You’re stuck in traffic on the interstate, en route to see your kids or grandkids for the holidays. Or maybe you’re waiting and waiting on a delayed flight at the airport. Both are inconveniences. But for someone with incontinence, these likely holiday scenarios are much more than a minor inconvenience. They ruin a trip, or cause one to be canceled. They contribute to the anxiety and shame caused by incontinence.
Holiday travel is a necessary evil for many people in the United States. But for the estimated 30 million Americans suffering from incontinence, the long waits without constant access to a restroom can be a nightmare. But it doesn’t have to be.
Here are the top tips for surviving holiday travel with incontinence:
1. Plan, plan, plan – In the days leading up to your travel, keep a voiding diary. This is a journal where you will record what you drank and ate, and when you went to restroom or had urges. It may give you some important clues as to when to plan your bathroom breaks (if possible) and what to avoid.
2. Wear incontinence undergarments – Many people suffering from incontinence are resistant to using incontinence undergarments. But for situations such as traveling, they are a good backup to have. Many newer incontinence products are less bulky and noticeable, and can provide a level of assurance.
3. Avoid caffeine – You may reach for that cup of coffee to get ready for your early morning flight, but resist the urge. Â Caffeine is a diuretic and can contribute to incontinence. Plus the carbonation in soda can irritate the bladder. Water is the best thing you can drink.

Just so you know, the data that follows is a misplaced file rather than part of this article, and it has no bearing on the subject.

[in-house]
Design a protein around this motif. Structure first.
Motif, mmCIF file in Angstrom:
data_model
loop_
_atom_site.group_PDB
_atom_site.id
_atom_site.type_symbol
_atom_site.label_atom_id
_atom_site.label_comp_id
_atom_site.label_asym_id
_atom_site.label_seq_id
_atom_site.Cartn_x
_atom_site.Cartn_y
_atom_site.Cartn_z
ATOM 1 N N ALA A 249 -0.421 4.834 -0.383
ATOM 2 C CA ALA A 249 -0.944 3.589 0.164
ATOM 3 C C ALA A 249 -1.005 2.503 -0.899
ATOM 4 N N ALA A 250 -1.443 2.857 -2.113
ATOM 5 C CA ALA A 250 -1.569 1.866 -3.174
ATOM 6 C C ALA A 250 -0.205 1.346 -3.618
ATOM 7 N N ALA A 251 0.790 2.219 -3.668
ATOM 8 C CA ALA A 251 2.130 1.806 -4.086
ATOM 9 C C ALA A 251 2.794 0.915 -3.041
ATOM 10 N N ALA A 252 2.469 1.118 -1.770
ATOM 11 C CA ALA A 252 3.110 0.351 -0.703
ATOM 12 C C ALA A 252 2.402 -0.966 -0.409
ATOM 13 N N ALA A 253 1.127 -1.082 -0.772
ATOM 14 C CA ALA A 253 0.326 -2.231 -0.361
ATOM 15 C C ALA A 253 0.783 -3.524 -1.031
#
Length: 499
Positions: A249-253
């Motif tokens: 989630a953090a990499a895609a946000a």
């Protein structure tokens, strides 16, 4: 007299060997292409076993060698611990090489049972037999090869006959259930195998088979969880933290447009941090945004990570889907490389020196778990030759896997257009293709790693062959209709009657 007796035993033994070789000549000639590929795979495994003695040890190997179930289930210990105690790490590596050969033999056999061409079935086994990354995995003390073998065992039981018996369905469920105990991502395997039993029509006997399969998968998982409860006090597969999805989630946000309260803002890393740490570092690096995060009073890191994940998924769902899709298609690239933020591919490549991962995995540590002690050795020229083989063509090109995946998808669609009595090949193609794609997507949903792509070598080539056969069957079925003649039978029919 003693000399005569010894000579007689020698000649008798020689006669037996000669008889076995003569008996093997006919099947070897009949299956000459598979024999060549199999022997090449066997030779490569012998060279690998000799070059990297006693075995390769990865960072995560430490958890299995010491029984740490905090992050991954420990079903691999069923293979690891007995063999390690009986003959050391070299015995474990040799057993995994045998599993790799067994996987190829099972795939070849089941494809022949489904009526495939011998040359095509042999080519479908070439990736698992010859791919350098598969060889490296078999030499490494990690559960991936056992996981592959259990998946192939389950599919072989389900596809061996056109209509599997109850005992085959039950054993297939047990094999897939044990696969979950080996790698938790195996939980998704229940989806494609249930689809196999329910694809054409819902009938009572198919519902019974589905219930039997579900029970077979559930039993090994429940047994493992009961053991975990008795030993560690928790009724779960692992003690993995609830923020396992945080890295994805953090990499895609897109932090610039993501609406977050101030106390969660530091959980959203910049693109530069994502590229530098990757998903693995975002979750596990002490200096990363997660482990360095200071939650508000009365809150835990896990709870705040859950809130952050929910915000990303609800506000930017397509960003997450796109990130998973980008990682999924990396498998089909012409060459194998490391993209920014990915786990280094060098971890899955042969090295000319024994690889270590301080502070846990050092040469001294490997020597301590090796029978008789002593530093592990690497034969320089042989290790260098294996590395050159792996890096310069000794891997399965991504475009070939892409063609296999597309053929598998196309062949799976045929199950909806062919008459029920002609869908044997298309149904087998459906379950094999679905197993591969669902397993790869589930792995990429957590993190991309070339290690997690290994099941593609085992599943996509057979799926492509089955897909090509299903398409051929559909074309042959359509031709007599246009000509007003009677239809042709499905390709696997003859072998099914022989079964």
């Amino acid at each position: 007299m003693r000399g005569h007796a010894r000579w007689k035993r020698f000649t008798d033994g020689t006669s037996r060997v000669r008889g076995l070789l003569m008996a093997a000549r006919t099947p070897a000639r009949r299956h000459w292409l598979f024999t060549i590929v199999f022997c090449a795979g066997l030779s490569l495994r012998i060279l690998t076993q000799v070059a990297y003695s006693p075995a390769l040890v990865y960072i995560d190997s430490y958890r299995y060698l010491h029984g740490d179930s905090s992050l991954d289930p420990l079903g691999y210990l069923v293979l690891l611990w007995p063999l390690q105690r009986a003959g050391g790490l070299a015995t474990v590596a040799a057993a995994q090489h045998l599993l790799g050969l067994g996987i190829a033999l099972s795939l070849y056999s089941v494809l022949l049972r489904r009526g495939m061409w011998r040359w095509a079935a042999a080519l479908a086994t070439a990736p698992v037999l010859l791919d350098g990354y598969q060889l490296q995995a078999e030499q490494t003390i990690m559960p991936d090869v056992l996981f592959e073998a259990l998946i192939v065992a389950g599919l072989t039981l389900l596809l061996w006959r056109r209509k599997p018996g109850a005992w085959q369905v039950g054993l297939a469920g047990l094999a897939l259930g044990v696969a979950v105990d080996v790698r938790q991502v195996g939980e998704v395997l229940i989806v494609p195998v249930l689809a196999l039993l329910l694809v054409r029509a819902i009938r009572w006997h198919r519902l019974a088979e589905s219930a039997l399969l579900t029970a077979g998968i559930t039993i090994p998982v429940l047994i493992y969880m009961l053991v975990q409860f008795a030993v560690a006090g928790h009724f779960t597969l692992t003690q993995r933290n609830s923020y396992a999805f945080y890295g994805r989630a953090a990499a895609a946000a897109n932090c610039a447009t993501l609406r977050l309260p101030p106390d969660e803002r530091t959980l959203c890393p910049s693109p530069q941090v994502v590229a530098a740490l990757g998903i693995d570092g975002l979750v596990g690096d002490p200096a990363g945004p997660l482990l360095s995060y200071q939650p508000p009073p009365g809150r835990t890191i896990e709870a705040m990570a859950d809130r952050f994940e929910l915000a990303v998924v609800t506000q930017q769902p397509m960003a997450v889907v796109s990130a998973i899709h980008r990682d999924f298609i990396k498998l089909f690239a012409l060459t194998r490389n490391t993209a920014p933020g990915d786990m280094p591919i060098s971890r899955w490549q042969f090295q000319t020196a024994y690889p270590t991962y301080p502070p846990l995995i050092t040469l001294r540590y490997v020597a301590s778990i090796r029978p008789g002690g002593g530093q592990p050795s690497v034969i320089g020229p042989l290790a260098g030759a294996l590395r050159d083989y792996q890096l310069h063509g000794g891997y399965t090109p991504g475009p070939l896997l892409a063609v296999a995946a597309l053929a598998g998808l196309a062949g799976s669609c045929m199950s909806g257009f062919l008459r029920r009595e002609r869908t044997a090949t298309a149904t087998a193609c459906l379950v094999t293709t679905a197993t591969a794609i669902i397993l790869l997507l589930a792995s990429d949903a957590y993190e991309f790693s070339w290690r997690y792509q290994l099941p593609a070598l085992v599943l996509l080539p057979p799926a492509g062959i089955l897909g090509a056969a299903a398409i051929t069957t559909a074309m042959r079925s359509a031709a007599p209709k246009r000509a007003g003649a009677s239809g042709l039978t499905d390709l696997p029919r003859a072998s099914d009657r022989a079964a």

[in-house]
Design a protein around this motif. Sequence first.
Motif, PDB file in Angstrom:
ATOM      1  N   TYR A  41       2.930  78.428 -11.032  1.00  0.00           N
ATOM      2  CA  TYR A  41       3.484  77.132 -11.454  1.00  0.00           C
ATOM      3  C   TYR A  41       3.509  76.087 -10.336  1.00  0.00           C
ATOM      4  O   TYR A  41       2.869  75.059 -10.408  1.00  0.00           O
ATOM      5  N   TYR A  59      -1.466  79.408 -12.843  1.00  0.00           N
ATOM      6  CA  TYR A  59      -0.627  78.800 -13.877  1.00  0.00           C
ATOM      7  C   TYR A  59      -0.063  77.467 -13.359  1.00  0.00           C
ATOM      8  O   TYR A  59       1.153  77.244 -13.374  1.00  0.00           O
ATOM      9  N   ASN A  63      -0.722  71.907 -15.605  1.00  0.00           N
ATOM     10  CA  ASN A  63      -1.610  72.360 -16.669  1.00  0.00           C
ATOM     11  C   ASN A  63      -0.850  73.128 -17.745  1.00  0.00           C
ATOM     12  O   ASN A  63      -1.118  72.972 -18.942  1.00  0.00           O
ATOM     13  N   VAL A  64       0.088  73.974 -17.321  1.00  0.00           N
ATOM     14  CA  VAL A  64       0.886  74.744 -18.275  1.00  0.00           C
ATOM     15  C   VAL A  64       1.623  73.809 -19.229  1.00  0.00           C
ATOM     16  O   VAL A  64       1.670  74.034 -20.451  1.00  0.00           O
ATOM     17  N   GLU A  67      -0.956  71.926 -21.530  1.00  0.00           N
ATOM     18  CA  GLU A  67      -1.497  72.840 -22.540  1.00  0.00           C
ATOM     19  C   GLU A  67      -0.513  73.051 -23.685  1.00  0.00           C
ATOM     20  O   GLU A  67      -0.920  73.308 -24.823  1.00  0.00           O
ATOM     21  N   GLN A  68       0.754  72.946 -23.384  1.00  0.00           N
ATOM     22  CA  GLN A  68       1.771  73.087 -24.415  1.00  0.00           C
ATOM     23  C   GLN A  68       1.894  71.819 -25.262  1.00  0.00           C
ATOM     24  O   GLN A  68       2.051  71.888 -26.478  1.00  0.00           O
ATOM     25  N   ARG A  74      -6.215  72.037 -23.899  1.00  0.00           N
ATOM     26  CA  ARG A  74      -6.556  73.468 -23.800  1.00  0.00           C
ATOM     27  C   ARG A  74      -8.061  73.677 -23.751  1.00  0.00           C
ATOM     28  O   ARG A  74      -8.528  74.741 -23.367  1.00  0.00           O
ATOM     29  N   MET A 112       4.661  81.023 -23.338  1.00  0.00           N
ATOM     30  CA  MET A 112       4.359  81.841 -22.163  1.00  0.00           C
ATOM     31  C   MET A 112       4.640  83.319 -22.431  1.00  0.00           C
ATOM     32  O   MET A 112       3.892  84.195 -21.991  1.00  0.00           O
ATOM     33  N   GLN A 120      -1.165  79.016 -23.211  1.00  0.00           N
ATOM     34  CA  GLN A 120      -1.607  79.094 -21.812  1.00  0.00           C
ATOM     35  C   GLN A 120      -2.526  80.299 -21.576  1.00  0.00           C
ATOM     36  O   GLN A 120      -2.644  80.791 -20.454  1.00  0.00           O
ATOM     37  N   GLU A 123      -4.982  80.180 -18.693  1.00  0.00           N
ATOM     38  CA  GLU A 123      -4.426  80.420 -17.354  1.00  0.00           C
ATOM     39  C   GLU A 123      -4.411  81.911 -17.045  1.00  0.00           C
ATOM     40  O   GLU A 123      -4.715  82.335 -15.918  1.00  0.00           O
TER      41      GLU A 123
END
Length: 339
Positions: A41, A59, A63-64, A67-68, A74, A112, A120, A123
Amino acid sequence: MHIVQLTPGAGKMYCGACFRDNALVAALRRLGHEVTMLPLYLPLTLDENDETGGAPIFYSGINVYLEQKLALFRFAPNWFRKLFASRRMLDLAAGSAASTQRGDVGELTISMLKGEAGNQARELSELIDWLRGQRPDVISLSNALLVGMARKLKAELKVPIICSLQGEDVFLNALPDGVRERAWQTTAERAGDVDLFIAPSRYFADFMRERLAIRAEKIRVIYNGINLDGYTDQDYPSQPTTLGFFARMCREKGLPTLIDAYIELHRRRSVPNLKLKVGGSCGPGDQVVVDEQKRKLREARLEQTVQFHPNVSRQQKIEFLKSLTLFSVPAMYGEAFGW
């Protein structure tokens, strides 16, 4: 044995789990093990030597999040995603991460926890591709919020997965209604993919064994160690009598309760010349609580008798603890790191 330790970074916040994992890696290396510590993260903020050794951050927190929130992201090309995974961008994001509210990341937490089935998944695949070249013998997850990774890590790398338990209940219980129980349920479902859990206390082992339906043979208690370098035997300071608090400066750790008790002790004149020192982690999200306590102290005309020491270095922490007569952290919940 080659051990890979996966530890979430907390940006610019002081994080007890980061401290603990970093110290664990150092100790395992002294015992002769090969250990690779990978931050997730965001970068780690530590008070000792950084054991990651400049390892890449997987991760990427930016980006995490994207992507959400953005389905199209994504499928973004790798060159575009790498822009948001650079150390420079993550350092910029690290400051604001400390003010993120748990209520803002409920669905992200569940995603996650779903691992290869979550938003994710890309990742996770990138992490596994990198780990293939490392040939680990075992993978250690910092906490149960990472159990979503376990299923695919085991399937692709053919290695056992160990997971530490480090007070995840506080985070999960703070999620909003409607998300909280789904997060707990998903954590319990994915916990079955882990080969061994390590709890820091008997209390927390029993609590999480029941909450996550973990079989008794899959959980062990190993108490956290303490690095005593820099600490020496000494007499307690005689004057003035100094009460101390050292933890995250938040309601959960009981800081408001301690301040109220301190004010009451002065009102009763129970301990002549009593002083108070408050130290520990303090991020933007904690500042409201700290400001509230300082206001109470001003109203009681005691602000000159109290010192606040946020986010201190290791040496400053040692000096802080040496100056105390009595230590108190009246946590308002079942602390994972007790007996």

4. Stay hydrated – This seems counterintuitive. Maybe you should just avoid drinking anything in order to avoid instances of incontinence. But, avoiding drinking can be worse for you. If you don’t stay hydrated, your urine becomes concentrated. Concentrated urine caused by dehydration can irritate the lining of the bladder and urethra and actually worsen incontinence.
These tips can help to keep you feeling good during travel. Unfortunately, incontinence has a mental toll as well as physical. It can be emotionally taxing to think about being stuck without a bathroom for hours, or the possibility of a potential accident. Incontinence Institute patient Sharon knows this feeling all too well. She cancelled a trip with her husband the morning they were supposed to depart. Sharon said, “You’re just stuck. You feel shut down you’re afraid to go anywhere. You’re afraid to live your life from day to day.”
But, there is help. Consider the above tips to help get you through the tip. If incontinence symptoms are interfering with your everyday life, contact us or call our dedicated Medical Concierge at 800-771-1953.